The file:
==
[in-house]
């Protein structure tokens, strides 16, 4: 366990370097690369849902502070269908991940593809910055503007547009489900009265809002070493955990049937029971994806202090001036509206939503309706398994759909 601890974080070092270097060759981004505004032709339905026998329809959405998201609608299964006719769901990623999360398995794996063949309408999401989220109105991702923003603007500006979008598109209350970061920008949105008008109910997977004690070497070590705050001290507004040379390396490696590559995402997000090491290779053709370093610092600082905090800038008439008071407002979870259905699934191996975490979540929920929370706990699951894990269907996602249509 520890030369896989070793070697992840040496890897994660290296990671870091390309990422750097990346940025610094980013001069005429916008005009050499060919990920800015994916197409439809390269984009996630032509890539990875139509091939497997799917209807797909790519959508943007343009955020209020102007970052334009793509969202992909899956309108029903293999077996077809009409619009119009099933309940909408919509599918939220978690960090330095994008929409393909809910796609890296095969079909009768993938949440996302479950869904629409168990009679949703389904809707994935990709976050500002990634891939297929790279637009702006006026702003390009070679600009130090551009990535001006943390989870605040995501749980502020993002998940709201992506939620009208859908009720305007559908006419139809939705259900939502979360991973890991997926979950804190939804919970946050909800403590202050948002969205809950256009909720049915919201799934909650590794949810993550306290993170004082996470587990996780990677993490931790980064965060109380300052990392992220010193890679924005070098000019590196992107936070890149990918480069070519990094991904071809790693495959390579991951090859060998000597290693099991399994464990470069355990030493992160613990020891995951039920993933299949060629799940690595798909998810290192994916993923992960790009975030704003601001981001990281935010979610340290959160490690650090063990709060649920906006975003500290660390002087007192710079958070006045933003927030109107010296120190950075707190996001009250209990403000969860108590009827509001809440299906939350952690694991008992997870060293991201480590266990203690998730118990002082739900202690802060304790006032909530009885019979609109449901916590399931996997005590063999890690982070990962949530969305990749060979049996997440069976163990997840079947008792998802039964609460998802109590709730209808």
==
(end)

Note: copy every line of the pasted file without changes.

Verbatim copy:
[in-house]
């Protein structure tokens, strides 16, 4: 366990370097690369849902502070269908991940593809910055503007547009489900009265809002070493955990049937029971994806202090001036509206939503309706398994759909 601890974080070092270097060759981004505004032709339905026998329809959405998201609608299964006719769901990623999360398995794996063949309408999401989220109105991702923003603007500006979008598109209350970061920008949105008008109910997977004690070497070590705050001290507004040379390396490696590559995402997000090491290779053709370093610092600082905090800038008439008071407002979870259905699934191996975490979540929920929370706990699951894990269907996602249509 520890030369896989070793070697992840040496890897994660290296990671870091390309990422750097990346940025610094980013001069005429916008005009050499060919990920800015994916197409439809390269984009996630032509890539990875139509091939497997799917209807797909790519959508943007343009955020209020102007970052334009793509969202992909899956309108029903293999077996077809009409619009119009099933309940909408919509599918939220978690960090330095994008929409393909809910796609890296095969079909009768993938949440996302479950869904629409168990009679949703389904809707994935990709976050500002990634891939297929790279637009702006006026702003390009070679600009130090551009990535001006943390989870605040995501749980502020993002998940709201992506939620009208859908009720305007559908006419139809939705259900939502979360991973890991997926979950804190939804919970946050909800403590202050948002969205809950256009909720049915919201799934909650590794949810993550306290993170004082996470587990996780990677993490931790980064965060109380300052990392992220010193890679924005070098000019590196992107936070890149990918480069070519990094991904071809790693495959390579991951090859060998000597290693099991399994464990470069355990030493992160613990020891995951039920993933299949060629799940690595798909998810290192994916993923992960790009975030704003601001981001990281935010979610340290959160490690650090063990709060649920906006975003500290660390002087007192710079958070006045933003927030109107010296120190950075707190996001009250209990403000969860108590009827509001809440299906939350952690694991008992997870060293991201480590266990203690998730118990002082739900202690802060304790006032909530009885019979609109449901916590399931996997005590063999890690982070990962949530969305990749060979049996997440069976163990997840079947008792998802039964609460998802109590709730209808």